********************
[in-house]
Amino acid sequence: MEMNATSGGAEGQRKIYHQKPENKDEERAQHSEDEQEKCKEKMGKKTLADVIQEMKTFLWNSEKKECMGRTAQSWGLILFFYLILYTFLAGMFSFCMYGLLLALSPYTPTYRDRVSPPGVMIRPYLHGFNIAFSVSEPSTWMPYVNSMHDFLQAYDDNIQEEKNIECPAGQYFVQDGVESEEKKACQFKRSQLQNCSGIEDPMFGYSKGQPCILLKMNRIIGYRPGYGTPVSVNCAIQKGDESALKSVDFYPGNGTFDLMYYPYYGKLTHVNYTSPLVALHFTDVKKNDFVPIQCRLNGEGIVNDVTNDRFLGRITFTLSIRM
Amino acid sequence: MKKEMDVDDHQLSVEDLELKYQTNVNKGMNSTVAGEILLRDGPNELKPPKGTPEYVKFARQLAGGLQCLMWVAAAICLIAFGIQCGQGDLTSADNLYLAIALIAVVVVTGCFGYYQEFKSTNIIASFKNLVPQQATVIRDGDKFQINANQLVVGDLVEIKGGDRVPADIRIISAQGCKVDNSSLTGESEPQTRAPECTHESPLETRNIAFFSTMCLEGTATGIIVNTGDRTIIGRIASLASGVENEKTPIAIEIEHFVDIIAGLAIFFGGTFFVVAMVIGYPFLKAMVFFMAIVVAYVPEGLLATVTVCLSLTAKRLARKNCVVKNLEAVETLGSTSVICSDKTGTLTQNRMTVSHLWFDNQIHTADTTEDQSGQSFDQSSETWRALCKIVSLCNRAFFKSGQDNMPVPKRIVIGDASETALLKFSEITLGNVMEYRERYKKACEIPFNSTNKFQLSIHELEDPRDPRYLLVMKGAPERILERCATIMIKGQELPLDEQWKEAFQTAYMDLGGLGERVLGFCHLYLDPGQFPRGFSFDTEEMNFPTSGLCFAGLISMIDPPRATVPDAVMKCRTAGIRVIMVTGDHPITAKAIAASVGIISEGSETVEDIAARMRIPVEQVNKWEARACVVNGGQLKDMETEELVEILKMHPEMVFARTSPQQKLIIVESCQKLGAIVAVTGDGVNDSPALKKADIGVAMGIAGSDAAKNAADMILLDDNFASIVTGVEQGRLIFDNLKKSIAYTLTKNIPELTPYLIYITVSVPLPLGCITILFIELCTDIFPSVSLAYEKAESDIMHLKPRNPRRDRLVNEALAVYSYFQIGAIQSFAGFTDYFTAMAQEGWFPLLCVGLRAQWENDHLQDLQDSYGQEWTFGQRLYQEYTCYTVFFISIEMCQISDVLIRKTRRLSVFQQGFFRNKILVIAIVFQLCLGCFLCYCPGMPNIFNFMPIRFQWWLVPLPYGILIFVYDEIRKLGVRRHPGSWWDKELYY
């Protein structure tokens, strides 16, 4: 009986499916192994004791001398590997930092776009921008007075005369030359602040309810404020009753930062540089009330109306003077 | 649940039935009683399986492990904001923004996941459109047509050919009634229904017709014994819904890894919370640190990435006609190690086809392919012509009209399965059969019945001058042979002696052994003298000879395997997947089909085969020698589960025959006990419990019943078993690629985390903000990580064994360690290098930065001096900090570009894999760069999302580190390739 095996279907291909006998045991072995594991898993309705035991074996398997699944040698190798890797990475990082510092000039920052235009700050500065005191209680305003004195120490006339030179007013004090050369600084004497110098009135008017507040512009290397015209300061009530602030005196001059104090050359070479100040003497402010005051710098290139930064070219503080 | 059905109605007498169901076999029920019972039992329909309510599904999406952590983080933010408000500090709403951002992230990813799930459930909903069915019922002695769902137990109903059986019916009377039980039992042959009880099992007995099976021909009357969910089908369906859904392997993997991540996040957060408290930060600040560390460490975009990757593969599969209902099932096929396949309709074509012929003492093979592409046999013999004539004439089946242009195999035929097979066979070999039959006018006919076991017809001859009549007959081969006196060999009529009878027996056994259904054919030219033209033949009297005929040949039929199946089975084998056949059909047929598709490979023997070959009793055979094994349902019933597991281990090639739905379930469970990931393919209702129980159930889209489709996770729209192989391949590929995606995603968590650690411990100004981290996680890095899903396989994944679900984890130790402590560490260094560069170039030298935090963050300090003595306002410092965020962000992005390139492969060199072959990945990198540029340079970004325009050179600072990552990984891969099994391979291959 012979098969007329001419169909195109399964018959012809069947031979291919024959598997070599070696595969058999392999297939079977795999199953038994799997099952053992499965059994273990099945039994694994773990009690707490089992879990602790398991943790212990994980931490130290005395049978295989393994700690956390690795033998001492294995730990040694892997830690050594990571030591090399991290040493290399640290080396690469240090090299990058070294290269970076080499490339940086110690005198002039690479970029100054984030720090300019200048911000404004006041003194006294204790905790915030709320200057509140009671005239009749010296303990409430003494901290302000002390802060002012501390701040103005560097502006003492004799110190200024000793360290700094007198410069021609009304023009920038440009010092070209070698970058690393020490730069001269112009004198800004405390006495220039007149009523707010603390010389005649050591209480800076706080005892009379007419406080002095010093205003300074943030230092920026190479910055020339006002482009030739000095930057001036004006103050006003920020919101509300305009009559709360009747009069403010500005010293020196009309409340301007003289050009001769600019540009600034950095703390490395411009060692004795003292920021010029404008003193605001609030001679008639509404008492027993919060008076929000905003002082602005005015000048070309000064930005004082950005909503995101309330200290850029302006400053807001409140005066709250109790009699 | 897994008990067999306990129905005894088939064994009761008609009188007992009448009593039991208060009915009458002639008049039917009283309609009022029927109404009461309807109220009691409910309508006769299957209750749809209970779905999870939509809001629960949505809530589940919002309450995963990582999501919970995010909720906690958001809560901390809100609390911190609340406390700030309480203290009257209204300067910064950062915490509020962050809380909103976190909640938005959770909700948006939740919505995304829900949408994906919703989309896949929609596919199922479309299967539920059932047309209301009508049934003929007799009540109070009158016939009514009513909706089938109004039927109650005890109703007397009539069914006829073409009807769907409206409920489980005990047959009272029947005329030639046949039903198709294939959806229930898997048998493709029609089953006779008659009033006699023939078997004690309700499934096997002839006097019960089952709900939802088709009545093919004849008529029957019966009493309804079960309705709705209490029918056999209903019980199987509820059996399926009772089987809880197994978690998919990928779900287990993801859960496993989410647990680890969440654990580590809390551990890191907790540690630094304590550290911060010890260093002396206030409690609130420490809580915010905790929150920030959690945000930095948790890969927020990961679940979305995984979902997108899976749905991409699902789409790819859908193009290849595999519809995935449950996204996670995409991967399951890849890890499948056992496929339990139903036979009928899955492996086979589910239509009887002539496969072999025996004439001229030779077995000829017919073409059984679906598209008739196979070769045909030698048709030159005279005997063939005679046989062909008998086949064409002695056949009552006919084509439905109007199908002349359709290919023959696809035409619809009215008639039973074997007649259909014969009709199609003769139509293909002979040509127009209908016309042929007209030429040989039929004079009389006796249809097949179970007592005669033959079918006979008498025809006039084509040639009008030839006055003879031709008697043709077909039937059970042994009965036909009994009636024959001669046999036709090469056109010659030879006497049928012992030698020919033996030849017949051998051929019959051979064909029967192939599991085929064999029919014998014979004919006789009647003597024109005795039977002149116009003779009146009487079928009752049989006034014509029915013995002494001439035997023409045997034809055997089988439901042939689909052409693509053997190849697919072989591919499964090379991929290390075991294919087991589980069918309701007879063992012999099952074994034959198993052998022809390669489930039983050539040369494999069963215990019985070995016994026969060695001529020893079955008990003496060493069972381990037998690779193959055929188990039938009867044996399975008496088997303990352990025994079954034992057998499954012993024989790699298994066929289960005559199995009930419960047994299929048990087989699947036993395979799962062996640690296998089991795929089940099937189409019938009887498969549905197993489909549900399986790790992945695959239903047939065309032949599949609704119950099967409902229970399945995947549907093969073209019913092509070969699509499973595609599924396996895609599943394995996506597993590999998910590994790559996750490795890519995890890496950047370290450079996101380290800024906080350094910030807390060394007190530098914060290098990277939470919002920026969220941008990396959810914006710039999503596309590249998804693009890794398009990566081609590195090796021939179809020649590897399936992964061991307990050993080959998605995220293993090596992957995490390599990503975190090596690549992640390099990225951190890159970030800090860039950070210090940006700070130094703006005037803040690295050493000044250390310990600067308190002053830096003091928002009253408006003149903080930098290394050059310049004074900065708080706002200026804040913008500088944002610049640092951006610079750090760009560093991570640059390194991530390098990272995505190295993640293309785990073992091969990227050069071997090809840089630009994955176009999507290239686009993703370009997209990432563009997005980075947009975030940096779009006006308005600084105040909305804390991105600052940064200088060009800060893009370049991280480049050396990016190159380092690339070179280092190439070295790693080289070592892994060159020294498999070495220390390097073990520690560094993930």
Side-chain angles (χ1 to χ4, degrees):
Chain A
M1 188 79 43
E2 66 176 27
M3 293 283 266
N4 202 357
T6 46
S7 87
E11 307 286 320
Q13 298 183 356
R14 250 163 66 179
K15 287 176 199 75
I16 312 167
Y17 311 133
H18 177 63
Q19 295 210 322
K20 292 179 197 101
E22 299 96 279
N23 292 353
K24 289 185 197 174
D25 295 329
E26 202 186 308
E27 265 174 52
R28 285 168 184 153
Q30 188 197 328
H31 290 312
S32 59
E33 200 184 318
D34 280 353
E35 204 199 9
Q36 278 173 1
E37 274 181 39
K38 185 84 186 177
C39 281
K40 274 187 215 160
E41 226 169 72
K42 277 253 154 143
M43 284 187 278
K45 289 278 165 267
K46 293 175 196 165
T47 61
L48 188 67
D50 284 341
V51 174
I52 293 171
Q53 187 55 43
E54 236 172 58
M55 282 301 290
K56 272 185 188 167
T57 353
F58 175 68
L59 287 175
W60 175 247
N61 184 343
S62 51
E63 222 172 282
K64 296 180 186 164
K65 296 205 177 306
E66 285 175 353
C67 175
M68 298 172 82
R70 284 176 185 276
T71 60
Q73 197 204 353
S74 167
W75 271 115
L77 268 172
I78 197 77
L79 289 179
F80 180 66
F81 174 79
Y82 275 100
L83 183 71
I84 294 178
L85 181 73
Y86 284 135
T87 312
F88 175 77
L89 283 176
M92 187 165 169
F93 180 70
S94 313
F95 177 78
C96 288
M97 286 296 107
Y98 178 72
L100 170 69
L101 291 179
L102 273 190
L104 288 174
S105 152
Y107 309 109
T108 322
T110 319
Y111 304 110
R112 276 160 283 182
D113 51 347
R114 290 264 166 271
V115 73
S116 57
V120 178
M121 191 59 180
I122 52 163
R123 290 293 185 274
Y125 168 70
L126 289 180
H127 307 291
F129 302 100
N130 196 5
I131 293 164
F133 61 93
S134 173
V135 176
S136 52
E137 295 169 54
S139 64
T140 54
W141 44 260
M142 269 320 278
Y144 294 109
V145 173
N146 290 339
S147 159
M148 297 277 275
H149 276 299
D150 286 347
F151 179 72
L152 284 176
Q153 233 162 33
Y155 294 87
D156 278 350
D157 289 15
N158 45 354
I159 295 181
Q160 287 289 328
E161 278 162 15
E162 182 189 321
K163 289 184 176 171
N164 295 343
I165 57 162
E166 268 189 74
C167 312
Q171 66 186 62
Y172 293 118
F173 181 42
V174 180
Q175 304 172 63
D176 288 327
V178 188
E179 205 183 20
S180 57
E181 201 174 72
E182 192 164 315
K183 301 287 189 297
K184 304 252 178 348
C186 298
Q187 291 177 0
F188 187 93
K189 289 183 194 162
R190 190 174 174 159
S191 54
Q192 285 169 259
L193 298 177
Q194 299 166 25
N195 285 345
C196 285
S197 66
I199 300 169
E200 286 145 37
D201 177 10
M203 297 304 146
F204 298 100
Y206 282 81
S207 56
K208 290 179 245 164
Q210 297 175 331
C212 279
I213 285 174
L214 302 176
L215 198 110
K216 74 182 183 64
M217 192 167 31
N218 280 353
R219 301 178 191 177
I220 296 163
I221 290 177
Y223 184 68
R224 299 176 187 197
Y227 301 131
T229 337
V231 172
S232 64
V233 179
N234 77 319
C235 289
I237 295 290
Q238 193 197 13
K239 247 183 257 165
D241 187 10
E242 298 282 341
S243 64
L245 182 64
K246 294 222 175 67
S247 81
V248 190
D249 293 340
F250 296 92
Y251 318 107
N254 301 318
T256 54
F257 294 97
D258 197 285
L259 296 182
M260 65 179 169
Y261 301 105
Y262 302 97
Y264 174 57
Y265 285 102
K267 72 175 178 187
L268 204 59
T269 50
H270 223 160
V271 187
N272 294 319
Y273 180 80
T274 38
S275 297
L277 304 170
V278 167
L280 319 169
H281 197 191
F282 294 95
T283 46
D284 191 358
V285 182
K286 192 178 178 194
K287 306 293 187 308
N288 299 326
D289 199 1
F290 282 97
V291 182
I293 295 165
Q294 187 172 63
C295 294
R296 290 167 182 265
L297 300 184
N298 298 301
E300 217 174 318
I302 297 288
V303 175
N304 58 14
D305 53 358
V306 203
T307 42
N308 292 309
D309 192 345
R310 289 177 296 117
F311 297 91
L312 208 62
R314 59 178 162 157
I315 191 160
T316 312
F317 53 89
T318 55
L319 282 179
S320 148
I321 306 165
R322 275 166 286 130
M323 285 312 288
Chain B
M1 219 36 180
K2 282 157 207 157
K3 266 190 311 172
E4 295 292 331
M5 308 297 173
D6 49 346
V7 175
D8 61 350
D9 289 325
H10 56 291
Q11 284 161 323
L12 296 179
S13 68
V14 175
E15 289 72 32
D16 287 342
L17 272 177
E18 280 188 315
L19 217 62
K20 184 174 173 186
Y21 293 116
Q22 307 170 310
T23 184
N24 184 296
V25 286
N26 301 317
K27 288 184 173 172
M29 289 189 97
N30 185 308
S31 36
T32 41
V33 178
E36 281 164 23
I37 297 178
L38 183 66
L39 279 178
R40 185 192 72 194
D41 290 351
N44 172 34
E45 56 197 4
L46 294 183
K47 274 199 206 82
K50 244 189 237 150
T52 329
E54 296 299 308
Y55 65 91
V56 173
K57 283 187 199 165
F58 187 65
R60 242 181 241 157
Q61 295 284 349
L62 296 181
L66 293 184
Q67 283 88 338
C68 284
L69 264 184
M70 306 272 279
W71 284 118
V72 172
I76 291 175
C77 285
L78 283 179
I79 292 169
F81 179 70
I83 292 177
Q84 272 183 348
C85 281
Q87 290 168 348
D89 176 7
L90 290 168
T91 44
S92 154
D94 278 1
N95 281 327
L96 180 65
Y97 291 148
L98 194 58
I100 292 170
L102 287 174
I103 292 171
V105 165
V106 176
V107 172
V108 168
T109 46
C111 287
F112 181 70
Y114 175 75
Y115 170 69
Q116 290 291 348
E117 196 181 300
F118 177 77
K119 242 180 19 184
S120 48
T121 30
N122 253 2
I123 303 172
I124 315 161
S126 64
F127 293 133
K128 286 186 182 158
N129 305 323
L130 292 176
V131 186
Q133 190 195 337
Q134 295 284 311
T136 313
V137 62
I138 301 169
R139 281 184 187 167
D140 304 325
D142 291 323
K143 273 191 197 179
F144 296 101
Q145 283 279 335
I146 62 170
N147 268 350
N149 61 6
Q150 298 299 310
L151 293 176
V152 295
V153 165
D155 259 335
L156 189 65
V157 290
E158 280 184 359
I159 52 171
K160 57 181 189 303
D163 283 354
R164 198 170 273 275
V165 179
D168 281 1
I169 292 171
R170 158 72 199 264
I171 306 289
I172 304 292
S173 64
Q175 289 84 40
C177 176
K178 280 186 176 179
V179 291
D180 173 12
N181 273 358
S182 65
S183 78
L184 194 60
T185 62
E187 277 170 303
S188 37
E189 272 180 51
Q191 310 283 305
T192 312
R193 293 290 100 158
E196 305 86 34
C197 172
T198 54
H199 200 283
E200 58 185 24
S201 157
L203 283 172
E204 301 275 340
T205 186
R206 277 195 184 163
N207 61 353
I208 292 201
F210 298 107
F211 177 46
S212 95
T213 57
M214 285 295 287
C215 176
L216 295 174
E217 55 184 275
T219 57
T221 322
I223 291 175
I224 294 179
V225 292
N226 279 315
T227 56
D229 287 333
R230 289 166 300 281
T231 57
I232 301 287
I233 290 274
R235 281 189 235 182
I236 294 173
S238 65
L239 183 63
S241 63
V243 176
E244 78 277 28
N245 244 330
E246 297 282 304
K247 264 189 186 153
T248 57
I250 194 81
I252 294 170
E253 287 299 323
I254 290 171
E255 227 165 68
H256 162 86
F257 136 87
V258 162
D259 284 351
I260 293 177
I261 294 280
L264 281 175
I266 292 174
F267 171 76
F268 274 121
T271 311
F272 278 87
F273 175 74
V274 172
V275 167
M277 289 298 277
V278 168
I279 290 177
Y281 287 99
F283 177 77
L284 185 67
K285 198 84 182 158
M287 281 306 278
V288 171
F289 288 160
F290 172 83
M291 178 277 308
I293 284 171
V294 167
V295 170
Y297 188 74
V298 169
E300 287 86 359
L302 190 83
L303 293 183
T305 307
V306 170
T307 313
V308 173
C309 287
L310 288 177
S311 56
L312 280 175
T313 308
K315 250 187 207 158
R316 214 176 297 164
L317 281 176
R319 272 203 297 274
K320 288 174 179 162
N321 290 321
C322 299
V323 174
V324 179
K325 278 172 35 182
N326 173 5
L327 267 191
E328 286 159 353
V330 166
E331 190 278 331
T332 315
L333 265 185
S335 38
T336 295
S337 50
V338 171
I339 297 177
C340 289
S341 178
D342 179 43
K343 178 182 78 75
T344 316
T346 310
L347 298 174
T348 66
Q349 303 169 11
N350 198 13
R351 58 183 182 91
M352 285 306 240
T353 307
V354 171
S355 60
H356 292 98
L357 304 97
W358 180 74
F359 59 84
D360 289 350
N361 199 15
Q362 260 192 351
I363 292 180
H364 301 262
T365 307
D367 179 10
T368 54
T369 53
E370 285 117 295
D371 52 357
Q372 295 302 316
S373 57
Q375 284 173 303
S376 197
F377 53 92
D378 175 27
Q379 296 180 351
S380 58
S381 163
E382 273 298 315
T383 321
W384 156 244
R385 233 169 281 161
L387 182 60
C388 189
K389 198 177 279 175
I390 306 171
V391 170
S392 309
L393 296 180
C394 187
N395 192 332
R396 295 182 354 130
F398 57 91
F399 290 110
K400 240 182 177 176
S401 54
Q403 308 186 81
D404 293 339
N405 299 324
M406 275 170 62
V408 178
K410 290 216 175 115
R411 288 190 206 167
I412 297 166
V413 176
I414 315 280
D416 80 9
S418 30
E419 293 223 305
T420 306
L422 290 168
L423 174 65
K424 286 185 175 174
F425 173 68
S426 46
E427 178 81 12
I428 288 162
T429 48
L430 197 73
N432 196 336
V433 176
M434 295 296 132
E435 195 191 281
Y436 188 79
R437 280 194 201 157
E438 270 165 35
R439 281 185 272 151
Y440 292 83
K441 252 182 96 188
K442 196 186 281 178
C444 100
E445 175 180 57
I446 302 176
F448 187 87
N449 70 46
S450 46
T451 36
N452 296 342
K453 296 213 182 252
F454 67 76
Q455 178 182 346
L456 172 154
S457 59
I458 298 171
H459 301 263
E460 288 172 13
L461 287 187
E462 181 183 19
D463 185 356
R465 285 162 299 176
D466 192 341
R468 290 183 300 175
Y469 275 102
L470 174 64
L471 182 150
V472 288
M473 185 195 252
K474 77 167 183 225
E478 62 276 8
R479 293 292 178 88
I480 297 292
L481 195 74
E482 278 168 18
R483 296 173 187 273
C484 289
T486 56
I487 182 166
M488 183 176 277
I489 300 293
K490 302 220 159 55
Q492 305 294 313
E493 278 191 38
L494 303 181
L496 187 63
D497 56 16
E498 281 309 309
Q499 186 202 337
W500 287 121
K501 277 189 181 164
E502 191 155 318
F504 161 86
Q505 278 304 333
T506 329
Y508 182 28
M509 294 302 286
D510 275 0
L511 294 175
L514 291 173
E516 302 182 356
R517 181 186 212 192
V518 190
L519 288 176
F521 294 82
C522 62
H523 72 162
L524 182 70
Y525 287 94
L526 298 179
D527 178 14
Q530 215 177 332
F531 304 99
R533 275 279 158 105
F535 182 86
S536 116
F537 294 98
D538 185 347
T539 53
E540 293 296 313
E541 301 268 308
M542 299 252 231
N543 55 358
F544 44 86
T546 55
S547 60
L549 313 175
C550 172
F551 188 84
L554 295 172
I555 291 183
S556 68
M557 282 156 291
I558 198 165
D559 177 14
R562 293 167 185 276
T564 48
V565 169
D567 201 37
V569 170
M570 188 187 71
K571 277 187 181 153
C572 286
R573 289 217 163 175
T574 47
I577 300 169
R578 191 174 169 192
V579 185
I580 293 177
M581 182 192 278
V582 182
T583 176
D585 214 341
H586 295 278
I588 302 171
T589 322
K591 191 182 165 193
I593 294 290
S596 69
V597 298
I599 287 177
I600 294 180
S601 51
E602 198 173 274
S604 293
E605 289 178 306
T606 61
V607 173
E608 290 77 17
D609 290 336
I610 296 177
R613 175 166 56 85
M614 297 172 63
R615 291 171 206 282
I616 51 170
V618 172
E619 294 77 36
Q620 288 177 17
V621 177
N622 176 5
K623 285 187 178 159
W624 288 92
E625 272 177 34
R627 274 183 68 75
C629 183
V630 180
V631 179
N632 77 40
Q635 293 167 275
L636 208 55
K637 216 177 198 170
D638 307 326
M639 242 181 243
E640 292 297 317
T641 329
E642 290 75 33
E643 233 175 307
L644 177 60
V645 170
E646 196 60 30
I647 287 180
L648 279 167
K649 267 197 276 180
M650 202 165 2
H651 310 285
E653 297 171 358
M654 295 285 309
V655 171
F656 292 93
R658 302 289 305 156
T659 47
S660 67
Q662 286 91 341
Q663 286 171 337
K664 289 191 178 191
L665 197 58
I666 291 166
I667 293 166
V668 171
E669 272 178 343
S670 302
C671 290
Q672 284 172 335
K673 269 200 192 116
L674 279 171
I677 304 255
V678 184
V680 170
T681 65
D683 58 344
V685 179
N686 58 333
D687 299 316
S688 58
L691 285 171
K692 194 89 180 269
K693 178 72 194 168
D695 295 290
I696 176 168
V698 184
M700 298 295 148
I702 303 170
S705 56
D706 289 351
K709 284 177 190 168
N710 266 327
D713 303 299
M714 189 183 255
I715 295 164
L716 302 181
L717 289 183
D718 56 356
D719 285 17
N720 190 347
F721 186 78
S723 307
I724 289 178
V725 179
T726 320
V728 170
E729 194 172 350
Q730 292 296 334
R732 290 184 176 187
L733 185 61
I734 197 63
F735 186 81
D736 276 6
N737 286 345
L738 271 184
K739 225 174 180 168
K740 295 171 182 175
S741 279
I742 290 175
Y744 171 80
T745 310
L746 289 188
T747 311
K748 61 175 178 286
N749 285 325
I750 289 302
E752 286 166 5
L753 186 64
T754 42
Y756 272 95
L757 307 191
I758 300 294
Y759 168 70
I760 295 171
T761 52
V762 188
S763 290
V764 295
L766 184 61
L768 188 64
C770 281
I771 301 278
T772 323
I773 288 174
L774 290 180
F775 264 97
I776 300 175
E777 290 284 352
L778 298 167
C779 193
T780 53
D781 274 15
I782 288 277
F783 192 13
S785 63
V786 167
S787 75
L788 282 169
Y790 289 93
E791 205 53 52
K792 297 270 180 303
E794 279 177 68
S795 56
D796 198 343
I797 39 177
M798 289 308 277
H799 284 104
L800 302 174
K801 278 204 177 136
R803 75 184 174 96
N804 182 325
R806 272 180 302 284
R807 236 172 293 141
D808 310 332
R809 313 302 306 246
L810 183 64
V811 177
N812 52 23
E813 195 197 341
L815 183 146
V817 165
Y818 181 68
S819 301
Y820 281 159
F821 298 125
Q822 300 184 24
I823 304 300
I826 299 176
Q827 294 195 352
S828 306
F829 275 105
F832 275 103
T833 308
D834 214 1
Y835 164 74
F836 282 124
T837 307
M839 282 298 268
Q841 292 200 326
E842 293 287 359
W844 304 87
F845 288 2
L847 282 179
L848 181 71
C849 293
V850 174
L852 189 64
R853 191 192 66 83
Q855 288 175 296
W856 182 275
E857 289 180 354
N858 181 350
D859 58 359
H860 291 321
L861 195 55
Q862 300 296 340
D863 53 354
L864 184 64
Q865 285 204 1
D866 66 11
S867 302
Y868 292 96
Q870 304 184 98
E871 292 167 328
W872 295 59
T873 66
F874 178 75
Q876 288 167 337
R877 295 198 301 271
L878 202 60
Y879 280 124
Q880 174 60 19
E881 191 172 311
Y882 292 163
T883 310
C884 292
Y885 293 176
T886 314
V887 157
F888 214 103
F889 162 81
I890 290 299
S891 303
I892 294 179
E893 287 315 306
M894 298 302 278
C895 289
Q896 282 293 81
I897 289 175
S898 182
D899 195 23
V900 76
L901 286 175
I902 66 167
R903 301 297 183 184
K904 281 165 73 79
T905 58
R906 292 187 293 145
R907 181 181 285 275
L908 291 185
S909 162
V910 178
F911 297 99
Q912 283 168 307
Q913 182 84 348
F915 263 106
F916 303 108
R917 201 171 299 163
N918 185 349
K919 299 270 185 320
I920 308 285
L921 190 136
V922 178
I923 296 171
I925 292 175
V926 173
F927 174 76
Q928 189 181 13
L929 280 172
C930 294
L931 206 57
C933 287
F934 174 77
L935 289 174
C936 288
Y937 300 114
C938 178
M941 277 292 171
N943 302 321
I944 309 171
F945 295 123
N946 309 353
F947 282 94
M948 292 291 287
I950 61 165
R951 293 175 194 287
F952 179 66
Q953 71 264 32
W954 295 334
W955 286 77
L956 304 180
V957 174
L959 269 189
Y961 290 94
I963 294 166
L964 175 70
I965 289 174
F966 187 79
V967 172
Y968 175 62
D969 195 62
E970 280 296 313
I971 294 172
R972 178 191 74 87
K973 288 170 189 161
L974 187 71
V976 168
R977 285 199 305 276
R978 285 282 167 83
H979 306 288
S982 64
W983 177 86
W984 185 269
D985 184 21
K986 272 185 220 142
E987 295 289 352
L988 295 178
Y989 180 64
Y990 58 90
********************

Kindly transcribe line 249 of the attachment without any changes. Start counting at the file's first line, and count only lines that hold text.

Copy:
R296 290 167 182 265